Black Hair in the British Media
This month is Black History Month, and we want to celebrate black identity in all its beautiful intricacies. The depiction of black people in the media has long been a point of contention.The media has always played an instrumental role in normalising certain things and ideology in society. This is why people have often pushed for diversity both in front of and behind the camera, as representation leads to normalisation. For decades or if not in the last century, western features and hair was seen as the beauty standard, as all white casts saturated mainstream media and ‘black’ shows were categorised as more niche. This had implications on how black features, hairstyles and textures were perceived.
As time goes by, we’ve seen an increase in conversations about representation in the media. With black female leads becoming increasingly prevalent in the mainstream media, it has brought exposure and attention to beauty outside of western norms. We’re seeing women like Issa Rae in Insecure, Tracee Ellis Ross and Yara Shahidi in Black-ish, and Sanae Latham in Netflix’s ‘Nappily Ever After’ on our screens. All of them donning their natural hair.
Representation has even permeated into animation with ‘Hair Love’. An Oscar winning short animation about an African American father learning to do his daughter’s hair. It’s a beautiful and moving story, be sure to have your tissues at hand whilst watching it. Nonetheless, we still hear of negative reports regarding black hair in mainstream media. For example Gabrielle Union was told her hair was ‘too black’ (whatever that means) by producers on America’s Got Talent. The work is definitely not over. However, have you noticed something? All of these examples are American. What about black hair in the British mainstream media?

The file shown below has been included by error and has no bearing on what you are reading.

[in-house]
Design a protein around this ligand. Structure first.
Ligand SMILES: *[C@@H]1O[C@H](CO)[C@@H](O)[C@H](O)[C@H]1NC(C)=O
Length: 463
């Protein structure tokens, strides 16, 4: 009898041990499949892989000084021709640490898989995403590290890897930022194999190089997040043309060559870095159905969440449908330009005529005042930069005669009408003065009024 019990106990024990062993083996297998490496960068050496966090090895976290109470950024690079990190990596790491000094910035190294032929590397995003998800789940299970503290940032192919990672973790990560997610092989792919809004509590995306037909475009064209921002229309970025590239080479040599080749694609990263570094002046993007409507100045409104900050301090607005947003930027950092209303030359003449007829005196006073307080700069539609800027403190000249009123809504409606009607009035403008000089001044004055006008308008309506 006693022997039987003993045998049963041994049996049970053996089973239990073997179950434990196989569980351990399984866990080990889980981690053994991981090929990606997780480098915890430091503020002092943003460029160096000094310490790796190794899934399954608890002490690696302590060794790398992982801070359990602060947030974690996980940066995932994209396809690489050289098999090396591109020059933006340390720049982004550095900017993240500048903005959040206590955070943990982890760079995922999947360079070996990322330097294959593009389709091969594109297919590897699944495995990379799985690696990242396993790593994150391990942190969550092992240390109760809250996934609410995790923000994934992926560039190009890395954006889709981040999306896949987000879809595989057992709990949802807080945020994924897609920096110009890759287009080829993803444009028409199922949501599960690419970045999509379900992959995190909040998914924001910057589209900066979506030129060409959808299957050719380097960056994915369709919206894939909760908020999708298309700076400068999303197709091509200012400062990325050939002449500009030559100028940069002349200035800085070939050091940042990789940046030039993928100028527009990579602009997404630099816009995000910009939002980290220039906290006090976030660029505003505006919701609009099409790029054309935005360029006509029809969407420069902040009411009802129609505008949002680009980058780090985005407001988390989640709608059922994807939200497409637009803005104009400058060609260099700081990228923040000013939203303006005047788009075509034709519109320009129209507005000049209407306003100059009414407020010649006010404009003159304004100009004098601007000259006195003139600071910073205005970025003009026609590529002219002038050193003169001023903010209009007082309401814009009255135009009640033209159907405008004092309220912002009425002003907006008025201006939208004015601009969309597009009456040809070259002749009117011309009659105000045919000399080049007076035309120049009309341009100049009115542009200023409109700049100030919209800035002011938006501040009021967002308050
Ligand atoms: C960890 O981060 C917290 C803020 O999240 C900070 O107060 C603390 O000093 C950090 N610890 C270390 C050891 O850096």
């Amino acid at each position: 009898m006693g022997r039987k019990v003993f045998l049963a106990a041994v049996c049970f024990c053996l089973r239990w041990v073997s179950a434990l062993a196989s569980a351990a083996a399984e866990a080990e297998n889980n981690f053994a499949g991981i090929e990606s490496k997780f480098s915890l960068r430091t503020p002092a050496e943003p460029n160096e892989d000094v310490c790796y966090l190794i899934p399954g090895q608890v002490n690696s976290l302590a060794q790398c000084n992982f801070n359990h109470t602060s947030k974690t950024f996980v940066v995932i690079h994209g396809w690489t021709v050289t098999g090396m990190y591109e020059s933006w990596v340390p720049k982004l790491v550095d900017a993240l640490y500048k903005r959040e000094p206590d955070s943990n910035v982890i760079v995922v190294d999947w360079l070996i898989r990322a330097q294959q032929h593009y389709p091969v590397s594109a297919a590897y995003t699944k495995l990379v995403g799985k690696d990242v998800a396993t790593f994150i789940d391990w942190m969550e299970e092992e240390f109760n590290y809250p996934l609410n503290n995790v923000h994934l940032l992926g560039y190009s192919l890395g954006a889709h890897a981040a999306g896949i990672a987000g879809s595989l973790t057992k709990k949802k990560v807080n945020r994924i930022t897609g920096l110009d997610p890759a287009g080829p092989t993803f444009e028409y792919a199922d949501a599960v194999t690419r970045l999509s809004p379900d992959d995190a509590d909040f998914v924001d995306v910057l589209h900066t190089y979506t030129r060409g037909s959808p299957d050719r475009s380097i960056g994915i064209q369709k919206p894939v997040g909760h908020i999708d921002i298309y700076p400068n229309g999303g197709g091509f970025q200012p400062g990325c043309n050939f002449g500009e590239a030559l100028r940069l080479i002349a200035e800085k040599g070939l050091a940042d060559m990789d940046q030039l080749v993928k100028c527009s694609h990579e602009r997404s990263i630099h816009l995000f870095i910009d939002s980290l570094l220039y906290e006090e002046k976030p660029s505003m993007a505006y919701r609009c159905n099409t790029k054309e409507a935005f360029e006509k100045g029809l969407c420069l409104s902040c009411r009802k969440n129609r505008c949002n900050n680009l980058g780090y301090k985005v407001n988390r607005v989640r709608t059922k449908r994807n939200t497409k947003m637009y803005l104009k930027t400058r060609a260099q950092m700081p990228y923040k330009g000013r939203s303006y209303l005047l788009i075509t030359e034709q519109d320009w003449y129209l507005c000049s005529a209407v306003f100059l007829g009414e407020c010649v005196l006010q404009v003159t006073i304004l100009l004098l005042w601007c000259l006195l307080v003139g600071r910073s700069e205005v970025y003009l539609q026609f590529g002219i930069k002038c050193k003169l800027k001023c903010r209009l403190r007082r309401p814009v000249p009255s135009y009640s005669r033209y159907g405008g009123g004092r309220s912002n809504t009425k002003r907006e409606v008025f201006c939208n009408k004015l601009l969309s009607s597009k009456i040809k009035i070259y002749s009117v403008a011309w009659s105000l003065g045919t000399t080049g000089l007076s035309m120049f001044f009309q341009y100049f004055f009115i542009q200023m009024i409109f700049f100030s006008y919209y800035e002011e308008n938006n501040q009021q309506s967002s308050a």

As black women our hair is intrinsic to identity politics, which is and has always been strange to me. Nonetheless, black people have had to fight for anti-discrimination laws and so that the equality act within UK includes protection against hair discrimination. One way black british people have protested this is through arts and media.
Through books like ‘Don’t Touch My Hair’ and ‘Slay in Your Lane’ discussions about identity politics and black beauty have been explored. Wofai Je produced an outdoor dance theatre called ‘Scalped,’ which explored black women’s hair in the work space and in western society. With more black creatives pushing boundaries of the definition of beauty, it’s forcing us to have those uncomfortable conversations, and bringing them to mainstream media.
It was just last year that Glamour magazine featured an array of black women and did a three part series on black beauty. One of the episodes spoke about black women and their hair. To me it was liberating to see black people express their definition of beauty according to their own standard. Whether that was having a buzz cut, an afro or wearing a wig. They were being unapologetically themselves.
With that being said, I don’t feel like we’ve attained or even come close to an acceptable level of diversity and representation in British mainstream media. When I thought about writing this topic, I genuinely believed the research would be quick and easy. In fact I struggled to find diversity within the conversation. It seems over the last few years British publications in particular, have been unable to progress the conversation past why black women’s hair is so politicised. Yet, little solution within the mainstream media has been found. Leaving black creatives trying to force their way out of the niche category into the mainstream media, in order to bring out that diversity.
Off the top of my head when I think of diversity in terms of just afro hair on British television, the only ones I can think of are Michaela Coel (who’s doing a phenomenal job) and the series version of ‘Noughts and Crosses’. That’s not to say there aren’t more out there (those were the ones that really stuck out to me). I can’t help but feel like in the UK we’re playing catch-up with our American counterparts.
Having diversity within mainstream media is what will unlock the normalisation of black hair and debunk stereotypes. It will help young black girls not get excluded from school because their afro is ‘too distracting.’ Or, black women being concerned that their natural hair will be deemed as unprofessional. The UK has a long way to go but each step gets us closer to that goal.